It’s all too easy for teachers to fall into a trap of thinking there’s no need to develop specific teaching strategies for their most gifted or talented students.
Actually, one of the ethical requirements of teaching is to craft specific strategies for individual students — you’ll never succeed by treating all students the same all the time. To teach well, you need a deep understanding of learning styles and needs, an ability to identify these traits in your students, and a willingness to devise individual strategies and practices for each student.
The longer you teach, the better you’ll get at identifying where children fall along the ability/aptitude spectrum and planning accordingly. Naturally, some of your students will qualify as “gifted and talented,” meaning they have a higher aptitude or ability compared with their grade-level peers. Because these students learn easily and are therefore “easy” to teach, some teachers end up giving these students less attention than they actually need.
Here are some suggestions for working with students who fall at the upper levels of your expected classroom ability:
Challenge them but don’t overload them
Make it a point to speak to these students and their parents about their increased abilities, and make certain that they’re finding the curriculum and activities to be challenging enough. Depending upon that feedback, you may need to adjust the specific work being completed by those students. Unfortunately many students see this as a burden. Piling work on gifted students is an unethical response to their needs — it would not be tolerated for students of lesser ability.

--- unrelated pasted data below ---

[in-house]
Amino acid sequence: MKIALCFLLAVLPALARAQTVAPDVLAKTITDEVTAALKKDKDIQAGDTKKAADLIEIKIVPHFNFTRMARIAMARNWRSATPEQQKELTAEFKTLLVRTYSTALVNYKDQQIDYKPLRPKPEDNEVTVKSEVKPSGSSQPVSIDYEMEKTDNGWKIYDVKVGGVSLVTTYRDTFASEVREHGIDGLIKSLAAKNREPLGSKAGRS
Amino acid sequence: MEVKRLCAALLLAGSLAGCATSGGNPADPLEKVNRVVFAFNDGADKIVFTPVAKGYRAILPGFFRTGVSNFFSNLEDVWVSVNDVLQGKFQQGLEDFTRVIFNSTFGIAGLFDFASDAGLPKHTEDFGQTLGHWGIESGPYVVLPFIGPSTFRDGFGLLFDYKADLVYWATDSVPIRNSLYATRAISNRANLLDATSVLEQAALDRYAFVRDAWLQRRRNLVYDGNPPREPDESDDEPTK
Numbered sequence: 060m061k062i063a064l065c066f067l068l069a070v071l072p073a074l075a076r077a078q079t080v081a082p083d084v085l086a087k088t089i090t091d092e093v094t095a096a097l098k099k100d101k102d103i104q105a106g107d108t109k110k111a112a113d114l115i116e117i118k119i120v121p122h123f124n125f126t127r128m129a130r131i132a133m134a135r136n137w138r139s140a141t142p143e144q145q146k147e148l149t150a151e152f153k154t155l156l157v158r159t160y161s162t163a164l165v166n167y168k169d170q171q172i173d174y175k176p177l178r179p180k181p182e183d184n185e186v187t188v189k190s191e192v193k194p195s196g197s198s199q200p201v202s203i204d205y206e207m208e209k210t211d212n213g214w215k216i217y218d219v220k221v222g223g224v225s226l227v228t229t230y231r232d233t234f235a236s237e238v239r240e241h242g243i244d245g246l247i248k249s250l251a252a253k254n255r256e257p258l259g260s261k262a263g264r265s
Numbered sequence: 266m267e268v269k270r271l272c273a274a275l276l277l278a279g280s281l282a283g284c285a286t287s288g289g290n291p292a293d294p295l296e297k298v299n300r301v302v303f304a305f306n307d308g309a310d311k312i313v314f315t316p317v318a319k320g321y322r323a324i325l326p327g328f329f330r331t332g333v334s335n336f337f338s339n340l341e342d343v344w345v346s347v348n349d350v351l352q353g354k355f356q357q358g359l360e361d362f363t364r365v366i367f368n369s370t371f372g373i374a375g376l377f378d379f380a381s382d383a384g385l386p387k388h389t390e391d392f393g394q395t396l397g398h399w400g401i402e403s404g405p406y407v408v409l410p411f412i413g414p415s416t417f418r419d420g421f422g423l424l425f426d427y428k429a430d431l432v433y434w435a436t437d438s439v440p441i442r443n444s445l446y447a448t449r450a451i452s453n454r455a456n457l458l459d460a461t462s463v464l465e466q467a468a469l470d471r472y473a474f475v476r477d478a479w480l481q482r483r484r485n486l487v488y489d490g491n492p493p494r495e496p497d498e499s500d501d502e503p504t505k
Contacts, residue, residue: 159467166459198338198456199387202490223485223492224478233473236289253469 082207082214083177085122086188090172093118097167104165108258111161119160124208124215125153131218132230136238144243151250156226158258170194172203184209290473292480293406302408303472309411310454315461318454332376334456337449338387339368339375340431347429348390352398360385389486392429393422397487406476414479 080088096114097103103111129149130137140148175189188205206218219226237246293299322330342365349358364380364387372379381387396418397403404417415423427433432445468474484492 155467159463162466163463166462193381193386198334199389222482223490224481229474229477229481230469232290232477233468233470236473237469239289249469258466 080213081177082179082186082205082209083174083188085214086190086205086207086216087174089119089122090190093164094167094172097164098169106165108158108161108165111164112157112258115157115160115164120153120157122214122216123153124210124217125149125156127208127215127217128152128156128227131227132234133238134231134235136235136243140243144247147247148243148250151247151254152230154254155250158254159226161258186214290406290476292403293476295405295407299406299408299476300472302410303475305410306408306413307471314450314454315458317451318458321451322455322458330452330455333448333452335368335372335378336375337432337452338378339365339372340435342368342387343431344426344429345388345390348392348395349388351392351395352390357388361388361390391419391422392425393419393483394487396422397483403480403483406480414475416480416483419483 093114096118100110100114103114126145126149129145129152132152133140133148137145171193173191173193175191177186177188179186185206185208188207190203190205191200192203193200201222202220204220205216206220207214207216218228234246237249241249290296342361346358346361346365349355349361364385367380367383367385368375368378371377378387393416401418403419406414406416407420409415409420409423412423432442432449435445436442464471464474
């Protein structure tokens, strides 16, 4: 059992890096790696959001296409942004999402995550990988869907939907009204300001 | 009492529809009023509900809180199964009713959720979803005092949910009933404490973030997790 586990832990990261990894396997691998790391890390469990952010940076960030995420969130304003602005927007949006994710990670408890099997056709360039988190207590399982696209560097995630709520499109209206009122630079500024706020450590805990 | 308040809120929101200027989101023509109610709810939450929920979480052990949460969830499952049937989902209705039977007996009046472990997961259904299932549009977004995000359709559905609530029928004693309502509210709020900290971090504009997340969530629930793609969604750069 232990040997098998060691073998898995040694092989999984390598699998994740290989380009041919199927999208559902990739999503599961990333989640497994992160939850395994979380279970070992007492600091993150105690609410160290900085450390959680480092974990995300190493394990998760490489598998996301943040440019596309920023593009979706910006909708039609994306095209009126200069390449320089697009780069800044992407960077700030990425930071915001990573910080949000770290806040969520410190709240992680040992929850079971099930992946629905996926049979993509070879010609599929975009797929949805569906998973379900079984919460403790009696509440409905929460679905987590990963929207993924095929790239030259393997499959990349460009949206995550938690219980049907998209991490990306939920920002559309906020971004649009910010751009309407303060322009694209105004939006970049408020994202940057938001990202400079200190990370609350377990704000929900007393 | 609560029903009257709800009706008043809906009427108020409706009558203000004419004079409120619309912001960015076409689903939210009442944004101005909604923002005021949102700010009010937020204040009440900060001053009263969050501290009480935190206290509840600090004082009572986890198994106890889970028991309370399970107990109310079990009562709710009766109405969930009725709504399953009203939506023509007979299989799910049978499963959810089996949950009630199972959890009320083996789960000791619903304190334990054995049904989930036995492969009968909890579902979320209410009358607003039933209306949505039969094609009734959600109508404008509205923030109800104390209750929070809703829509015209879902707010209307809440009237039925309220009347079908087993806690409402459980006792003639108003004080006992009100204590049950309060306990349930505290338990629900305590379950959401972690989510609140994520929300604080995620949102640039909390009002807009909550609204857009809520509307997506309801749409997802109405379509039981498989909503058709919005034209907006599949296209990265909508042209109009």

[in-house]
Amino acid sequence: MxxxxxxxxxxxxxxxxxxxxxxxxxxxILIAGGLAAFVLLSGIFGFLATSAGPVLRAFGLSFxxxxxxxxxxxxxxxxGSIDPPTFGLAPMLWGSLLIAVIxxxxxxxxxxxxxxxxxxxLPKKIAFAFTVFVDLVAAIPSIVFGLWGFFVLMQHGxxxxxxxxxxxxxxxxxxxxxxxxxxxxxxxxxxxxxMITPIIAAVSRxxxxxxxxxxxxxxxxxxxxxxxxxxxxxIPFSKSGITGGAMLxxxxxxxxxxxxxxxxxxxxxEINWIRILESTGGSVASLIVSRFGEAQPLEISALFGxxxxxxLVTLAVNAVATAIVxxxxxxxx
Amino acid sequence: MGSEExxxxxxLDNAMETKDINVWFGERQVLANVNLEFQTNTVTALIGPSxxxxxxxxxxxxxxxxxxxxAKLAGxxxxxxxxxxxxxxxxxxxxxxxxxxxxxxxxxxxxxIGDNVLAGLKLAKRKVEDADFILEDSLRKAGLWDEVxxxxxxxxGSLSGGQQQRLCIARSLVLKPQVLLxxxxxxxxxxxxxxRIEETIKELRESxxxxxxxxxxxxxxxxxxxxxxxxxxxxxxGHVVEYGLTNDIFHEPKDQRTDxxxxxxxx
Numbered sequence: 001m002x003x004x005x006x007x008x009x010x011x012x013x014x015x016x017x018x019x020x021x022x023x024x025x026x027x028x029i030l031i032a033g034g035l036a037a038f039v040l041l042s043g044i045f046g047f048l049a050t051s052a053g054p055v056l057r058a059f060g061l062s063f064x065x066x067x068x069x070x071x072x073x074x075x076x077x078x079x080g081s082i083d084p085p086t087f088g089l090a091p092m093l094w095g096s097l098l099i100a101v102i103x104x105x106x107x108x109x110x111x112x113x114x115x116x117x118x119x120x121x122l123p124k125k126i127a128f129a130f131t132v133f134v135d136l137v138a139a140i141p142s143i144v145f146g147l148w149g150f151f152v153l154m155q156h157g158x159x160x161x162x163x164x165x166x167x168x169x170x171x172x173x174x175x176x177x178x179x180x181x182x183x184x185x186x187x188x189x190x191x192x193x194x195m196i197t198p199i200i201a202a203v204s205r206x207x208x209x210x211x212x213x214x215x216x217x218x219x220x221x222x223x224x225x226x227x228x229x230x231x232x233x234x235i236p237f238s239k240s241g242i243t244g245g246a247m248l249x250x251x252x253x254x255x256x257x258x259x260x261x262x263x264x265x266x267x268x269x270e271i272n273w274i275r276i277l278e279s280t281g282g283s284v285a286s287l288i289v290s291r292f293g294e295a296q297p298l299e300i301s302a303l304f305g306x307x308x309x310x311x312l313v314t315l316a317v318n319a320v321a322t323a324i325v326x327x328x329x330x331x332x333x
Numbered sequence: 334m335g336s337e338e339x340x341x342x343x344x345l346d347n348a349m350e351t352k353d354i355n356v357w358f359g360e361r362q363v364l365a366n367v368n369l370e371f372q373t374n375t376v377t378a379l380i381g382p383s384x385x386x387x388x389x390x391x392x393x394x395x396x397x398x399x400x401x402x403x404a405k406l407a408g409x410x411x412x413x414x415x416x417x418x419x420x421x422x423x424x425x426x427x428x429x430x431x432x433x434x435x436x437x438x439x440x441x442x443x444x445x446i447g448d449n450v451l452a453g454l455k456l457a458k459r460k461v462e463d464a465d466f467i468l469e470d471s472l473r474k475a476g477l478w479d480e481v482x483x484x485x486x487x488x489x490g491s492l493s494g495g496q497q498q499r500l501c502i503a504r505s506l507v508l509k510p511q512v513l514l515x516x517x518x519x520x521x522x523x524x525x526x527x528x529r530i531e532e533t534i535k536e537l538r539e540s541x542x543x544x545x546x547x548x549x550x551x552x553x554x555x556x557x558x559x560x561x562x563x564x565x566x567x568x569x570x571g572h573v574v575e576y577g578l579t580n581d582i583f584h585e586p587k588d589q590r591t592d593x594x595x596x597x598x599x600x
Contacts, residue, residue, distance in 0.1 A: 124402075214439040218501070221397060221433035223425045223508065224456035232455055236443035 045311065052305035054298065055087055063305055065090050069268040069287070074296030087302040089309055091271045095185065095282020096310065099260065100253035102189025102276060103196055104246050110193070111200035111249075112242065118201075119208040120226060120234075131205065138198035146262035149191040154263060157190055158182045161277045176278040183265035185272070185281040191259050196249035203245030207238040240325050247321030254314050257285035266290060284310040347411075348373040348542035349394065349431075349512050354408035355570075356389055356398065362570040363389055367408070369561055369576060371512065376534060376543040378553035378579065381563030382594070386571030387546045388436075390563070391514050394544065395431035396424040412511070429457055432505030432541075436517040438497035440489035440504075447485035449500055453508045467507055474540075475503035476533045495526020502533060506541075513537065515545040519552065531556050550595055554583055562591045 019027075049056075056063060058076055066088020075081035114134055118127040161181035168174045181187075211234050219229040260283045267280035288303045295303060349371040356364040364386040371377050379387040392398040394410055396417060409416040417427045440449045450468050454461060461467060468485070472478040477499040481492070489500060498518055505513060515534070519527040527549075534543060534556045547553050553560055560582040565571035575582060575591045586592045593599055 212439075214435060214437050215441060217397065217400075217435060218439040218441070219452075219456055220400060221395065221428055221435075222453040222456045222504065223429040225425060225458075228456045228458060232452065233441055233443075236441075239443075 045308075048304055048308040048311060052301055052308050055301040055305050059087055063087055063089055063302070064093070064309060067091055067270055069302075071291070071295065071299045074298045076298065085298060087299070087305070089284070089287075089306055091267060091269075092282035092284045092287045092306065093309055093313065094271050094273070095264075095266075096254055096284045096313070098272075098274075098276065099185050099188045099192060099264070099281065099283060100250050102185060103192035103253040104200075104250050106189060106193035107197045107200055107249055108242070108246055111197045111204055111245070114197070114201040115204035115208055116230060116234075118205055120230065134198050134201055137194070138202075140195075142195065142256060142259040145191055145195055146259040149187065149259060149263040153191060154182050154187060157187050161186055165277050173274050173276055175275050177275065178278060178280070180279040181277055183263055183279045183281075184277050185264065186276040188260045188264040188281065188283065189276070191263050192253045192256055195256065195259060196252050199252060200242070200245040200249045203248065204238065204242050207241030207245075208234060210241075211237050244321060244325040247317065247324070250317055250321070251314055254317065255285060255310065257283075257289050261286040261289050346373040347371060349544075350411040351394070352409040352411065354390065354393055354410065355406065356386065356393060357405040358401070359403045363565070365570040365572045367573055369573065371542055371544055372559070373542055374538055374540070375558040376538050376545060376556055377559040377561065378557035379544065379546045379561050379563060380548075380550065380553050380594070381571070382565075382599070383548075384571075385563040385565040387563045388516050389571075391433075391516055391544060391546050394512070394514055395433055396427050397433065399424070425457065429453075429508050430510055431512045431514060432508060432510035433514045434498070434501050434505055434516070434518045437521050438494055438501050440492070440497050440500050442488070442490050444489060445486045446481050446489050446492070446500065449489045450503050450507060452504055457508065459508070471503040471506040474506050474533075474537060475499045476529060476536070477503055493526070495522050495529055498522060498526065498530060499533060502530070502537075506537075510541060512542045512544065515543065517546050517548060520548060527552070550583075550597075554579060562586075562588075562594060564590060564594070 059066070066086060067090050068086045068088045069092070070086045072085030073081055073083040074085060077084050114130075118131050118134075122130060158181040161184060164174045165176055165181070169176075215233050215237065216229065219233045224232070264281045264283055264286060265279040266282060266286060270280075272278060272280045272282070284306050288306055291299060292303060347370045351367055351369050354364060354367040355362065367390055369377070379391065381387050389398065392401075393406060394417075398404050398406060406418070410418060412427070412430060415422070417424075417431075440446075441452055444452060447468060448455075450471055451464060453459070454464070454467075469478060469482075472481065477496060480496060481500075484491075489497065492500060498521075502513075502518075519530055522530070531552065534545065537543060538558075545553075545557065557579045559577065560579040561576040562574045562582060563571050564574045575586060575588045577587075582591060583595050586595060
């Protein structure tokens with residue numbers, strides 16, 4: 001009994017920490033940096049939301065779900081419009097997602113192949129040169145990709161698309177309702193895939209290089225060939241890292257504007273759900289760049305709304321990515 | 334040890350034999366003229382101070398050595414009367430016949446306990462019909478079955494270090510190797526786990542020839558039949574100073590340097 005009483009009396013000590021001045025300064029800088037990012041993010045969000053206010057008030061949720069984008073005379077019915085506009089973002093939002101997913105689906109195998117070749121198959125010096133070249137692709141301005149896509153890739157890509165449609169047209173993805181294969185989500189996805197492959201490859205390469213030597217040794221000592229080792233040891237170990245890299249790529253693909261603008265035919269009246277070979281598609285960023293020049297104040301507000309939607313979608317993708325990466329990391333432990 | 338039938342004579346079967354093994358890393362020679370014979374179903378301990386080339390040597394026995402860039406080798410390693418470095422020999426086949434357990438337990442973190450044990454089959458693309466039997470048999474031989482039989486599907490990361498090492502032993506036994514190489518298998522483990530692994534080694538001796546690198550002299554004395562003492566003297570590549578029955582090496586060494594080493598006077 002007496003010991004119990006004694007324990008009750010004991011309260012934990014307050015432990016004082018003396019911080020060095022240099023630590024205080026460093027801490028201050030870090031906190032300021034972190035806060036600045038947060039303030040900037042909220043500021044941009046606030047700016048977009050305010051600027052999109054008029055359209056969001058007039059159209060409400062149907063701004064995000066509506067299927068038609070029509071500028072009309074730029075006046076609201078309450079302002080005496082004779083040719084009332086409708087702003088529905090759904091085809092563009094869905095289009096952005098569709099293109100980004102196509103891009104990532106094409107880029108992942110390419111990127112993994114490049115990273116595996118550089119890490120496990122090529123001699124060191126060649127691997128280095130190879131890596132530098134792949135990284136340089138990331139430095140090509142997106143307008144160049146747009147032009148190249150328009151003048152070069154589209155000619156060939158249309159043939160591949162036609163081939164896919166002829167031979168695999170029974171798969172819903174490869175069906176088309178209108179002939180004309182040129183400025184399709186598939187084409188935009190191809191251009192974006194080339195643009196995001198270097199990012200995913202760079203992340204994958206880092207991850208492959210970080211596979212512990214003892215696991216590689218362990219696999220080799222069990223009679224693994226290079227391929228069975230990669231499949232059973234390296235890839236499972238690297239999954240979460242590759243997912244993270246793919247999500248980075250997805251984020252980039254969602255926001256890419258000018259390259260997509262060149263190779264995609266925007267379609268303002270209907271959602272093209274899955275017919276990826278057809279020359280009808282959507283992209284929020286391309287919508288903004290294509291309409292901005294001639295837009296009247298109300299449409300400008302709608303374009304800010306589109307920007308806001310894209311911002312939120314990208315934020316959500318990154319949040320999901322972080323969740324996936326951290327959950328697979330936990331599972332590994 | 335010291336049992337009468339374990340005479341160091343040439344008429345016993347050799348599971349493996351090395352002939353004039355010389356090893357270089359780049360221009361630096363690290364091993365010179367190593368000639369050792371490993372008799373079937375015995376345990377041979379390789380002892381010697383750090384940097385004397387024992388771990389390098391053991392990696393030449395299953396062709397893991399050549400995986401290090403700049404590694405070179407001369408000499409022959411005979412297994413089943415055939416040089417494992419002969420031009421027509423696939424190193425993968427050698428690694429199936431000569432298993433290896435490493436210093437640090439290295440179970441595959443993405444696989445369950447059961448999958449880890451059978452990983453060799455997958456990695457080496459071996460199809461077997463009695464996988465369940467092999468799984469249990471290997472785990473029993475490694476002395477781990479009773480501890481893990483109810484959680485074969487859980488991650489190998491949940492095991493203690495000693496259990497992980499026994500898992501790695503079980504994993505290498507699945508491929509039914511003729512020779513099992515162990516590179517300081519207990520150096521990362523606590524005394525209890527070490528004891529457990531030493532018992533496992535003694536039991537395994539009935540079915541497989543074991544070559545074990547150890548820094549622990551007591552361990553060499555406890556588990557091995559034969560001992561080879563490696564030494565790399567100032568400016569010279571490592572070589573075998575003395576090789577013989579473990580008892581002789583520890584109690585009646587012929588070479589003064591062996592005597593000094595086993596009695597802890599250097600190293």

Help them enter contests
With some basic research, you’ll be able to find a wide variety of optional contests and challenges that your gifted and talented children can enter. These activities provide enriching and challenging opportunities for the students and further enable them to “stretch” their intellectual legs so to speak.
Stay in touch with parents
Be sure to make early and regular contact with the parents of your gifted and talented students. Depending upon their previous experience with their child’s teachers, the parents might find that their child’s school has not given them sufficient attention. It’s good to make contact with them early in the school year and give them an opportunity to give you specific feedback regarding their child’s ability.
Don’t be biased
It’s not uncommon to have an unintentional bias against gifted and talented students. Often the intellectual and academic advantages of gifted students become an excuse for providing them with less-than-challenging school experiences. Do not let this happen. It is essential that students identified as gifted and talented have the regular school curriculum to develop their academic potential — supported with enriching and interesting extension activities.
An educator for two decades, Brian P. Gatens is superintendent/principal at Norwood Public School in Norwood, New Jersey. Gatens has worked at the K-12 level in public and private school settings in urban and suburban districts. He has been a classroom teacher, vice principal, principal and now superintendent/principal.
Tags: Special Education